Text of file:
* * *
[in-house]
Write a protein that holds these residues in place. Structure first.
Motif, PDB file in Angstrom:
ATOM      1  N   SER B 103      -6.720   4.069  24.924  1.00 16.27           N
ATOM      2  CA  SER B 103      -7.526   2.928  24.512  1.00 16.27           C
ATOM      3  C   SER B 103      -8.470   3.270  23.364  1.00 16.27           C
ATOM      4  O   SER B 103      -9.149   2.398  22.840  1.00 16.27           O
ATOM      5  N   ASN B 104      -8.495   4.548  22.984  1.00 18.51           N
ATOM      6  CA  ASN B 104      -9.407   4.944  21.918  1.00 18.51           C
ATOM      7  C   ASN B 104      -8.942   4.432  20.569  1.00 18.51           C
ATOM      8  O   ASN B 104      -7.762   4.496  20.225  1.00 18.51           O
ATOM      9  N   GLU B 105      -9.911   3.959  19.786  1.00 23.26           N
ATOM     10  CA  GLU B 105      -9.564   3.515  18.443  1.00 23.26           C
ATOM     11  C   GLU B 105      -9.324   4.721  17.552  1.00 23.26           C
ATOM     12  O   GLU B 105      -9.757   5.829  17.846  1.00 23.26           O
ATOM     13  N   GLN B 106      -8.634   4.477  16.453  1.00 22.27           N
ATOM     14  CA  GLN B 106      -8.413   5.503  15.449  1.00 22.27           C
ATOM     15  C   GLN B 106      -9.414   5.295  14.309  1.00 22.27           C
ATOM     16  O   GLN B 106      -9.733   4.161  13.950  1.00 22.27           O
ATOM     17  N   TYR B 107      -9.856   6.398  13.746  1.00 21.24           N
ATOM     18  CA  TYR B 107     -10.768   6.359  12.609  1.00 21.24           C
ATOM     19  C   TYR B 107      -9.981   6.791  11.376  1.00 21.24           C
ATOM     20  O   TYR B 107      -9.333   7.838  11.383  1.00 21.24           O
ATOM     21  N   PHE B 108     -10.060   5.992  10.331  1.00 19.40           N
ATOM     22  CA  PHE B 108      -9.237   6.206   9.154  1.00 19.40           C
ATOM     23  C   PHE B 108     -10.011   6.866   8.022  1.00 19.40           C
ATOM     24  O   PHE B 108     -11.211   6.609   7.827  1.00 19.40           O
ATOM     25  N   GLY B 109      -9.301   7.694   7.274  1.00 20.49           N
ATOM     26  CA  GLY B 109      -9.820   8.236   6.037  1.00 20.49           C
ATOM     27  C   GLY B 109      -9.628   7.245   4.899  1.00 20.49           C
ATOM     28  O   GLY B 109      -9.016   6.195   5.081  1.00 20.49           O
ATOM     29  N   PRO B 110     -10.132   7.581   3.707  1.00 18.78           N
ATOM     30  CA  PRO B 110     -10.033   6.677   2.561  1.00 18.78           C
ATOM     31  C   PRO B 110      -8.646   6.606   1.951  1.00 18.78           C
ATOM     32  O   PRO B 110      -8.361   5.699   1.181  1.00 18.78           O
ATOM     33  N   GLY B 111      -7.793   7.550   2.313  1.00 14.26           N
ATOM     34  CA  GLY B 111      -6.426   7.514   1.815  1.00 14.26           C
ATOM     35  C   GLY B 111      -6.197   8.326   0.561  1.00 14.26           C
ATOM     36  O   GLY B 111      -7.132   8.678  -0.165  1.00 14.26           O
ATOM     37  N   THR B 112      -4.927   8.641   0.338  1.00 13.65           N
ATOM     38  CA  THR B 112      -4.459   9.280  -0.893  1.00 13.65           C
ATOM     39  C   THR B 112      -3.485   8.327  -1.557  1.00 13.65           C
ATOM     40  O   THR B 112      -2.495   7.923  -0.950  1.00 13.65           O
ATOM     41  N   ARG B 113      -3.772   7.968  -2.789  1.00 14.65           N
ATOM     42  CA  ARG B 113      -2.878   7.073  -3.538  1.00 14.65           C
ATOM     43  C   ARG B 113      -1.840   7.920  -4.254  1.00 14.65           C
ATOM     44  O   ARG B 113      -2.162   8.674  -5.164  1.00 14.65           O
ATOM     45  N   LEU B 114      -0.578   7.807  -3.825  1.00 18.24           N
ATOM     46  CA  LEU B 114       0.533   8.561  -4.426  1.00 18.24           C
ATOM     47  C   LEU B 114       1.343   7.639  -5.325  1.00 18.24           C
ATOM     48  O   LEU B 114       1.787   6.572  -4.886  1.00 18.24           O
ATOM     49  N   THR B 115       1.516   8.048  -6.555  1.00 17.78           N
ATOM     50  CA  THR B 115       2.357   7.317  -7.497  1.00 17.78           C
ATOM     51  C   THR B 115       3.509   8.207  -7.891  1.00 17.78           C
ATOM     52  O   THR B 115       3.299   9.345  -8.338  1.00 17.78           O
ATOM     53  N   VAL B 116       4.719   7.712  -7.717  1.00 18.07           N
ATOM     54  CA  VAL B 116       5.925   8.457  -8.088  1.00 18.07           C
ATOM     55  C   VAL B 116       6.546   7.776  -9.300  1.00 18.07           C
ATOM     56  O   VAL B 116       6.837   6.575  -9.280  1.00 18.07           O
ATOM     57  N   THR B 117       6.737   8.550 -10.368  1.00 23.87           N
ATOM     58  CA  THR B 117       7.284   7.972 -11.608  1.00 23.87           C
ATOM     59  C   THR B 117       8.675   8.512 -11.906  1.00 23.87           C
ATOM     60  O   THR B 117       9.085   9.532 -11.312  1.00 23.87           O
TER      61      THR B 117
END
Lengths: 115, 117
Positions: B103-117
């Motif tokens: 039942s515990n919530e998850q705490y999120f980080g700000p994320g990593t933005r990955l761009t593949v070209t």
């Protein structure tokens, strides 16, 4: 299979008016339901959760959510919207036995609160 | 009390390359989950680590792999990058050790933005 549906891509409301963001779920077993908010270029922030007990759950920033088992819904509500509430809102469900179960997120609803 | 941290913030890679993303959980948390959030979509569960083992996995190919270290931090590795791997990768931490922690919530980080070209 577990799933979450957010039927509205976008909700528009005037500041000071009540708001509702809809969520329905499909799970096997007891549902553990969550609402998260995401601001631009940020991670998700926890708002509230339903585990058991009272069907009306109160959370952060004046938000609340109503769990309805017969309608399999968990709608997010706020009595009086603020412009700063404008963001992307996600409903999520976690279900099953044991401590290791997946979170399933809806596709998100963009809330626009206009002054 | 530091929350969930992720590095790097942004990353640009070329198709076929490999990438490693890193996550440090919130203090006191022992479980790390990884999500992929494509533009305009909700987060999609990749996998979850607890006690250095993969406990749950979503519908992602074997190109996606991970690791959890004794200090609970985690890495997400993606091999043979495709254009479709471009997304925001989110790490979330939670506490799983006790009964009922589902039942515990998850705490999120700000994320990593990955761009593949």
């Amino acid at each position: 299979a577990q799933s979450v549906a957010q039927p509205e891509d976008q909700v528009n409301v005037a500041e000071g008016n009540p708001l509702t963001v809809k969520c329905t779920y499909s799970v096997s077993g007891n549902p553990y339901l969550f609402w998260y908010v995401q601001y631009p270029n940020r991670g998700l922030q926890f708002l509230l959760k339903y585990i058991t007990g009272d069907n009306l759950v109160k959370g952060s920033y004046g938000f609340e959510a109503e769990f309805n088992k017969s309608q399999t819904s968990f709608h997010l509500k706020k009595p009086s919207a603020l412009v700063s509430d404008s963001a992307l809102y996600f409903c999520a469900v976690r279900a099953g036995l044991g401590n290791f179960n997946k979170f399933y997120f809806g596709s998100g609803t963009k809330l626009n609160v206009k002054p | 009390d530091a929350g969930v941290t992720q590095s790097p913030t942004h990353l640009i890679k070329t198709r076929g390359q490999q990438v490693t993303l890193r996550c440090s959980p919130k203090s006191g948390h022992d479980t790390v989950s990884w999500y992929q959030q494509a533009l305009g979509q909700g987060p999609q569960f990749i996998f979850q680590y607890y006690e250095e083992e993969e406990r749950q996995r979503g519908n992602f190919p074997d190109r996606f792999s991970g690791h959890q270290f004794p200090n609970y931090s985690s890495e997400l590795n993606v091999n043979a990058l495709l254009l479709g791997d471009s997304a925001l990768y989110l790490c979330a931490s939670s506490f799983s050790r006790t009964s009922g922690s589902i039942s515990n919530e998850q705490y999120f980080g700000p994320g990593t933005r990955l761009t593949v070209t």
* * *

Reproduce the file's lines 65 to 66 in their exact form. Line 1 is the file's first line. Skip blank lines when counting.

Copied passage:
END
Lengths: 115, 117